U.S. Stocks To Attempt A Rebound At Opening; GM In Focus

NEW YORK (MarketWatch) - U.S. stocks are set to move a touch higher at Monday's opening, bolstered by an upgrade for General Motors, although the advance is likely to be modest in the wake of Friday's sizable selloff and continuing worries about shaky credit.

The futures contract for the Dow Jones Industrial Average last was up just 4 points at 13,510.

The futures contracts for the S&P 500 and the Nasdaq 100 were off 0.5 point at 1,520 and up 3 points at 1,951.

U.S. stocks took a heavy hit on Friday due to nervousness about rising Treasury yields and global rates and subprime lending woes. The Dow industrials dropped 185 points, the S&P 500 fell 19 points and the Nasdaq Composite slipped 28 points.

Investors are prepared to snap up stocks that fell to attractively cheap levels during the recent rout at Monday's opening, but worries about deterioration in the credit sphere will not be far from their minds.

"We appear to be looking in a 'glass half full' way at what caused the market to go down 2% last week," said Art Hogan, chief market strategist at Jefferies & Co.

"Equities are trying to adjust to higher yields," he said, referring to the fact that earlier in the month the yield on the 10-year Treaury note was driven above the 5.25% fed funds rate, signaling expectations of higher rates.

"The stock market is trying to learn whether this points to growth or inflation," Hogan said. "If it is being driven by growth then it is not a negative thing for stocks."

However, the Bank for International Settlements is warning that years of loose monetary policy have fuelled a dangerous credit bubble, leaving the global economy more vulnerable to another 1930s-style slump is than generally understood, the U.K.'s Telegraph newspaper reported on its website Monday.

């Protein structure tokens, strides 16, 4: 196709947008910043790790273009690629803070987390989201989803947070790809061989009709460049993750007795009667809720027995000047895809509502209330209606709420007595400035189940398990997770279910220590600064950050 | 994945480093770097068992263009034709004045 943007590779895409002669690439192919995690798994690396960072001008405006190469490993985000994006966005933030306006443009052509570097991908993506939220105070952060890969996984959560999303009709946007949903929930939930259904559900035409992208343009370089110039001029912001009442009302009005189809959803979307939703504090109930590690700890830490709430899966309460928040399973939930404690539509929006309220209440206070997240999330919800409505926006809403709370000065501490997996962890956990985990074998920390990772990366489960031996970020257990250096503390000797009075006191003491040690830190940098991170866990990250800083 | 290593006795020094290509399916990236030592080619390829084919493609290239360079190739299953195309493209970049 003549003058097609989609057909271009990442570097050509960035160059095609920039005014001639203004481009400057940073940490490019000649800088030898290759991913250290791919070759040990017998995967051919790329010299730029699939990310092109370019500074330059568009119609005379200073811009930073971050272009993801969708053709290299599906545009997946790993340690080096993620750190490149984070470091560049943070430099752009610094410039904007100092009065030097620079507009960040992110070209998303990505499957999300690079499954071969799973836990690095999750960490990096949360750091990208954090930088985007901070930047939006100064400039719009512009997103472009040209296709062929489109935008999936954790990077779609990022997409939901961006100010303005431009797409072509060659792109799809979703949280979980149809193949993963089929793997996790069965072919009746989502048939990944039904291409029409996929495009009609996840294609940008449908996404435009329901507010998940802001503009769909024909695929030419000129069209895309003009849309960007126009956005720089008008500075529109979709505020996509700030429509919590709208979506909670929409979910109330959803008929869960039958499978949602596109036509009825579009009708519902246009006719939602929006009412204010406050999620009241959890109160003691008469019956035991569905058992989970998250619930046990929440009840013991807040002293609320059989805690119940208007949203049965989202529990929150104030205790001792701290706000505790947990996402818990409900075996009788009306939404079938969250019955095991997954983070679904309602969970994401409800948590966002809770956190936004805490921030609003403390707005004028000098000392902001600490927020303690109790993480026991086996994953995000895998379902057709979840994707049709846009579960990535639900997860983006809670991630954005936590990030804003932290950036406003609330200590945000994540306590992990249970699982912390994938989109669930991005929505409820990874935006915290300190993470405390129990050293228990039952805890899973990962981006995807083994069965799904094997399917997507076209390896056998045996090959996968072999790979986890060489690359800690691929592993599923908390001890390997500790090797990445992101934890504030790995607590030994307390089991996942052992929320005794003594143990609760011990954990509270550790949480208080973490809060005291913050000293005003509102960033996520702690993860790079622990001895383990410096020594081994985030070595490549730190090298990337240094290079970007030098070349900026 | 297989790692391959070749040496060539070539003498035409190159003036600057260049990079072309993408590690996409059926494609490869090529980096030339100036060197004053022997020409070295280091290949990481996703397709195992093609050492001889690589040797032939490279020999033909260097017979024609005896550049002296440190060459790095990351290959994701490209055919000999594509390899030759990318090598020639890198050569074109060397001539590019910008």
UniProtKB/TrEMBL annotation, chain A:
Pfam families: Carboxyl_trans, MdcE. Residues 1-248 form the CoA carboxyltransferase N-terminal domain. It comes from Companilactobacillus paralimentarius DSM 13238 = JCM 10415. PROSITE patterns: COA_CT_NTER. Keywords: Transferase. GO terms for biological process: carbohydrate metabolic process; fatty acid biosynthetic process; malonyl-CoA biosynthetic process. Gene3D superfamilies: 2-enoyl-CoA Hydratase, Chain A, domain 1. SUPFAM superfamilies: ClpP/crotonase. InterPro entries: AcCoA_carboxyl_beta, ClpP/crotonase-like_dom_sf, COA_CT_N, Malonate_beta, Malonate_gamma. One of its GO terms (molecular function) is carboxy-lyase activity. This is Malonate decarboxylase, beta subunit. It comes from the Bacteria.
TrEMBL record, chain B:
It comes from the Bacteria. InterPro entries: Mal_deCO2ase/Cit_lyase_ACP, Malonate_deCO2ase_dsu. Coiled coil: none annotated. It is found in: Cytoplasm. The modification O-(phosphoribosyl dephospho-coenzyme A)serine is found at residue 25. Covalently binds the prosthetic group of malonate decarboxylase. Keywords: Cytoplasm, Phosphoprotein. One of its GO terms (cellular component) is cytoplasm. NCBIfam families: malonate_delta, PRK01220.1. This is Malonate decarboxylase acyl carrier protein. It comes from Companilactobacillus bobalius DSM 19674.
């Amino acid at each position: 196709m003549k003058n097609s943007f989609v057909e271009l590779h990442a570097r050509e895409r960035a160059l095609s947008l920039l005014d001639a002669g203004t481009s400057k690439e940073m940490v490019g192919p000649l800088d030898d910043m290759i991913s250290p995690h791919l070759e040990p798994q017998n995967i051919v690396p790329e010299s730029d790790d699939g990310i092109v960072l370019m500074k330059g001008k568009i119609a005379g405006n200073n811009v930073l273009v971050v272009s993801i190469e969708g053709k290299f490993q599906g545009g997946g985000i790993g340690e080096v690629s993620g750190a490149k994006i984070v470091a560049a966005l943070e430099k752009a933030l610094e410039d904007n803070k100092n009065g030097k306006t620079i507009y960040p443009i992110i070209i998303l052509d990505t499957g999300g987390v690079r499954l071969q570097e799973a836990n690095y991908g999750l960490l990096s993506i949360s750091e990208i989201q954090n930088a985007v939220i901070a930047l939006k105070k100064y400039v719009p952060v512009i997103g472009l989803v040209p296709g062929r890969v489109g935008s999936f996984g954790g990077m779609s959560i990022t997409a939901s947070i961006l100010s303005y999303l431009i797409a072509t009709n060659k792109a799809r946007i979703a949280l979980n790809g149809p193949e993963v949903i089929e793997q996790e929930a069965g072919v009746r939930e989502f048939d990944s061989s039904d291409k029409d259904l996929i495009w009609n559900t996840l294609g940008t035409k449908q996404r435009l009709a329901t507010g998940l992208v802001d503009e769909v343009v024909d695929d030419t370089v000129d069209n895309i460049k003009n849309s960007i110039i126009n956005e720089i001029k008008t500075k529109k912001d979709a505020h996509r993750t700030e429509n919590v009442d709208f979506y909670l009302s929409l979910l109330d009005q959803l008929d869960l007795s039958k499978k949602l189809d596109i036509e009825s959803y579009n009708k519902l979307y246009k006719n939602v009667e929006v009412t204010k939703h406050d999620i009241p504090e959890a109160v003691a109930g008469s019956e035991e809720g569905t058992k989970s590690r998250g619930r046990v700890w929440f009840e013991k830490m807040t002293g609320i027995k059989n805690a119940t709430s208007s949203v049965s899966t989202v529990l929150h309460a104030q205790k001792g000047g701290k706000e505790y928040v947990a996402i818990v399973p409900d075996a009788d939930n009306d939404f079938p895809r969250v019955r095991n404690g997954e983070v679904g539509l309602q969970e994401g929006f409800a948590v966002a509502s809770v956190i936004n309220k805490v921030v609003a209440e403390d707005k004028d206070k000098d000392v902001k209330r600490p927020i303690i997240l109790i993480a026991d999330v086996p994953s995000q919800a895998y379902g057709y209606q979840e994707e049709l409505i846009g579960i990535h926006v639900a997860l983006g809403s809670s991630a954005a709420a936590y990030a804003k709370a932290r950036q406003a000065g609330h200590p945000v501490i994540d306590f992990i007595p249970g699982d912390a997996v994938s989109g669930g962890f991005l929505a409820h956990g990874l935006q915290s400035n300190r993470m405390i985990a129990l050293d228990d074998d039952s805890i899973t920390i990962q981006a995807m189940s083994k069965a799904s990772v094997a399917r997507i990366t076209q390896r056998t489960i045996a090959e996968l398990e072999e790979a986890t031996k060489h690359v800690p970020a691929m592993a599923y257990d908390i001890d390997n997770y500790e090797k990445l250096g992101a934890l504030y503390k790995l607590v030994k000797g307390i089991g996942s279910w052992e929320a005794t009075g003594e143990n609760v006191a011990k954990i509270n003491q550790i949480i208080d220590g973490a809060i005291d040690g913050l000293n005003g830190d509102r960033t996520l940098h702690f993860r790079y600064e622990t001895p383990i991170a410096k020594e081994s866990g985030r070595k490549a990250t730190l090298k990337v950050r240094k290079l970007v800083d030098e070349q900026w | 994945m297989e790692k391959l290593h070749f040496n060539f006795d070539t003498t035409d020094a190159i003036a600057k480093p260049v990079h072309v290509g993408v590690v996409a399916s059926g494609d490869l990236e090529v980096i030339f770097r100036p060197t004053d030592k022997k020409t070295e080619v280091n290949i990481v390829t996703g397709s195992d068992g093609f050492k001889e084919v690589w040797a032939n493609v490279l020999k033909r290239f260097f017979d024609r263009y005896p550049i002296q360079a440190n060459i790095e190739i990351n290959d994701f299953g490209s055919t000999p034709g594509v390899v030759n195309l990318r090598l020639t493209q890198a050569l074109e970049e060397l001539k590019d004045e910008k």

The bank, the ultimate bank of central bankers, pointed to a confluence a worrying signs, citing mass issuance of new-fangled credit instruments, soaring levels of household debt, extreme appetite for risk shown by investors, and entrenched imbalances in the world currency system.

Last week the equities market was freighted by near collapses of two Bear Stearns Cos. hedge funds.

The slumping housing sector also has been a worry to the market. At 10 a.m. investors will view existing home sales figures for May. The MarketWatch forecast, based on a poll of economists, is for 5.90 million home sales last month, which would be down a bit from 5.99 million in April.

Shares on the move

General Motors Corp. last was 3% higher at $36.55 in premaket electronic trade. The auto maker was upgraded to buy from neutral at Goldman Sachs, which said it was making a "tactical trading call," that shares will rise on expectations of sizeable concessions from union talks.

Dow Jones & Co. , the publisher of this report remains in focus. According to the Wall Street Journal online edition, also owned by Dow Jones, there were "intense" over protections over the editorial independence of The Wall Street Journal, the Journal reported, citing people familiar with the matter. Dow Jones also owns MarketWatch, which publishes this report. Dow Jones stock was up 1.3% at $59.55, below the $60 a share bid price.

Drugstore and personal products chain Walgreen's reported a 20% increase in profit, citing strong prescription drug sales. The stock was up 1.6% at $45.69 before the opening.

Other markets

The 10-year Treasury note last was up 5/32 at 95-10/32 with a yield of 5.105%. The bond market could be quiet until the Federal Reserve meeting on interest rates on Wednesday and Thursday.

The Fed is widely expected to leave rates on hold, but investors will be eager to see if the committee's accompanying statement hints at whether rate increases or reductions could be in store in coming months.

The yen remained under pressure, although there is growing talk of a pssibility that the Bank of Japan may lift rates in the near future. The dollar last was off 0.2% at 123.61 yen, as the euro fell 0.04% to $1.3461.

Commodities were backing lower in the early going, with the front-month oil contract off $1 at $68.14 a barrel and the August gold contract down $3.70 at $653.30 an ounce.

By Leslie Wines